Signatures from the parties of both sides are mandatory for any contract to be considered valid. In cases of e-contracts, an electronic signature comes into the picture. An electronic signature is delineated by the Information Technology Act, section 2p since the substantiation of any kind of electronic record by its users/subscribers by the medium of the electronic technique stated in the II schedule and it apparently involves a digital signature. Furthermore, section V of the Information Technology Act states that where any law entails that sort of information or any other issue be substantiated by attaching a signature or any document which is signed by or bear the signature of any person, then such prerequisites shall be considered to have been contented. An electronic signature fulfils the exact purpose of a handwritten signature. Section-85(c) of ‘The Indian Evidence Act' determines that as far as any Electronic-signature/digital-signature is concerned, the Courts expect that information that were been provided in the certificate is deemed to be correct and true.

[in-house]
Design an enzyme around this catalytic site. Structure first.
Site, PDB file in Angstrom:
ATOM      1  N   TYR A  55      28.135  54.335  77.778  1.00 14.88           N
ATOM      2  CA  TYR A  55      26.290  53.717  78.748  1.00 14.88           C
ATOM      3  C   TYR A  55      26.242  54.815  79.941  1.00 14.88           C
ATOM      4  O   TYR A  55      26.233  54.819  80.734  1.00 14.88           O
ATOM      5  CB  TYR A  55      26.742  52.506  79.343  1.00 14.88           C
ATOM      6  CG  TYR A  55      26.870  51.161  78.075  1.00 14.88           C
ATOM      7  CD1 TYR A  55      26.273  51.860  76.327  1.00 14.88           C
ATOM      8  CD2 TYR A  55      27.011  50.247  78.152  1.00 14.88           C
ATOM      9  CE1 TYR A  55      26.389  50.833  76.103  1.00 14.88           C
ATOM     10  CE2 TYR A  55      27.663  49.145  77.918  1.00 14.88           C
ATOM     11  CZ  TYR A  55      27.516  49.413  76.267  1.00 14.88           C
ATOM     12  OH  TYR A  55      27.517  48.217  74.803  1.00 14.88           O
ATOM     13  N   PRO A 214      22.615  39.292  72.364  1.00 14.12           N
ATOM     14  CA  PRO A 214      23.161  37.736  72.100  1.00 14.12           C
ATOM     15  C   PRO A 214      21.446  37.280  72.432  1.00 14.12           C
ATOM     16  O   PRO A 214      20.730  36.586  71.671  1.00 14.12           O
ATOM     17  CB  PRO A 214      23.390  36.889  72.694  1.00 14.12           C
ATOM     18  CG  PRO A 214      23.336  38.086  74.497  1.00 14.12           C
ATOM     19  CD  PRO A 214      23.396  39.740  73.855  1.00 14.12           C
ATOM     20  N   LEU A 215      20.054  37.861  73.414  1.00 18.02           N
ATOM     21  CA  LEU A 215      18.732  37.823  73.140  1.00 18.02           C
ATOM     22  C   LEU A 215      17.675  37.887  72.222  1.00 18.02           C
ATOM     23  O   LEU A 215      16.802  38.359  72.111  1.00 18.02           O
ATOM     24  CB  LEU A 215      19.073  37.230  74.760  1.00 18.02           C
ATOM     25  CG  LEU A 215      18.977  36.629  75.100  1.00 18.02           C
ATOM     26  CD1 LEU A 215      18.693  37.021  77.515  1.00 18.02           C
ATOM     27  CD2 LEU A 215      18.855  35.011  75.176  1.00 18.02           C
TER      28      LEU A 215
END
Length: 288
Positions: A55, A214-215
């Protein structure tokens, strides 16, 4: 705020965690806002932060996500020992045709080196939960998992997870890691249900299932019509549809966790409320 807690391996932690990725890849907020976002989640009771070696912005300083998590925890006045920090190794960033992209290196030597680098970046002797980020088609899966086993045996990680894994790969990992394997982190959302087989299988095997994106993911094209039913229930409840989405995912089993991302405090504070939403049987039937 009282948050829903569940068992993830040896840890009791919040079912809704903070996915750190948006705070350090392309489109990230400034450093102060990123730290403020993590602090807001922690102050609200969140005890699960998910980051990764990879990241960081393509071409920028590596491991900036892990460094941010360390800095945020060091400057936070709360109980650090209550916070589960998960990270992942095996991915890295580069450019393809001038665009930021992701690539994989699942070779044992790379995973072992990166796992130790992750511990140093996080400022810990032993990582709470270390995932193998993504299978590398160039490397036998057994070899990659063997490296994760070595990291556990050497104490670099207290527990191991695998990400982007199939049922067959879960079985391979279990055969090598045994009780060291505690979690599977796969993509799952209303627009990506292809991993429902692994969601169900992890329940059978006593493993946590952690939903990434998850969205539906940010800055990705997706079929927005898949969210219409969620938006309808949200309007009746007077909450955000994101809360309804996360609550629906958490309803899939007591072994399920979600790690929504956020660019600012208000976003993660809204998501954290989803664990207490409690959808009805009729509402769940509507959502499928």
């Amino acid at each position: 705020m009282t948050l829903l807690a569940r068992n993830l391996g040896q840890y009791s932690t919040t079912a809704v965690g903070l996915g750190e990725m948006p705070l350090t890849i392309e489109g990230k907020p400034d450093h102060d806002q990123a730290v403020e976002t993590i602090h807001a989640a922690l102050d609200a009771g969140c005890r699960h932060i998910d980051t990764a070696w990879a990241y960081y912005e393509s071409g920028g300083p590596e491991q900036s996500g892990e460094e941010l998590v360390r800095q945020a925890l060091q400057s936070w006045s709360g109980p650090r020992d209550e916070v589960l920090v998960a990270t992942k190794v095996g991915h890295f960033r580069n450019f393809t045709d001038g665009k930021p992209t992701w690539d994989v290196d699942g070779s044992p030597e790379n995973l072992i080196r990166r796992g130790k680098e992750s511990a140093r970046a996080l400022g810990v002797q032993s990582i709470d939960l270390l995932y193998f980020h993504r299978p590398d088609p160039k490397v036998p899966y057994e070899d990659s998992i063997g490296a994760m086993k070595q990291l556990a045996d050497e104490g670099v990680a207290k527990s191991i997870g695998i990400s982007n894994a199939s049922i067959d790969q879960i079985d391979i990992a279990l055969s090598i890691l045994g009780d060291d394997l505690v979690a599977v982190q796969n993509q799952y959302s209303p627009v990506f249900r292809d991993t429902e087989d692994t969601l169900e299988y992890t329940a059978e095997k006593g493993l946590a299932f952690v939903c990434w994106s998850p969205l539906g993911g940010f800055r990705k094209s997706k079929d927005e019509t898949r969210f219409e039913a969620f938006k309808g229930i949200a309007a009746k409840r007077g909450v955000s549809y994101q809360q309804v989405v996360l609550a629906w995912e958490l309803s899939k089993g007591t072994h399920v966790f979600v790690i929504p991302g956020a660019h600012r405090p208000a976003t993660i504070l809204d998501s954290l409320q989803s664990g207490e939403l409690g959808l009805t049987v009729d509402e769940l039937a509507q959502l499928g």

E-contracts are the kind of contracts that are not hard copies or paper-based and are electronic in nature. These types of contracts are usually made for expeditiously entering into any contract or especially for the convenience of the parties. They are exclusively formed between parties living in two distinct regions of the world and sought to enter into an agreement. An Electronic signature is what they require to infiltrate into any contract as a party even if both the parties to the contract are staying away for miles from each other. In this burgeoning world, it is amongst the most conducive means to infiltrate into a contract without having to be physically present. The main two parties to any e-contract are:-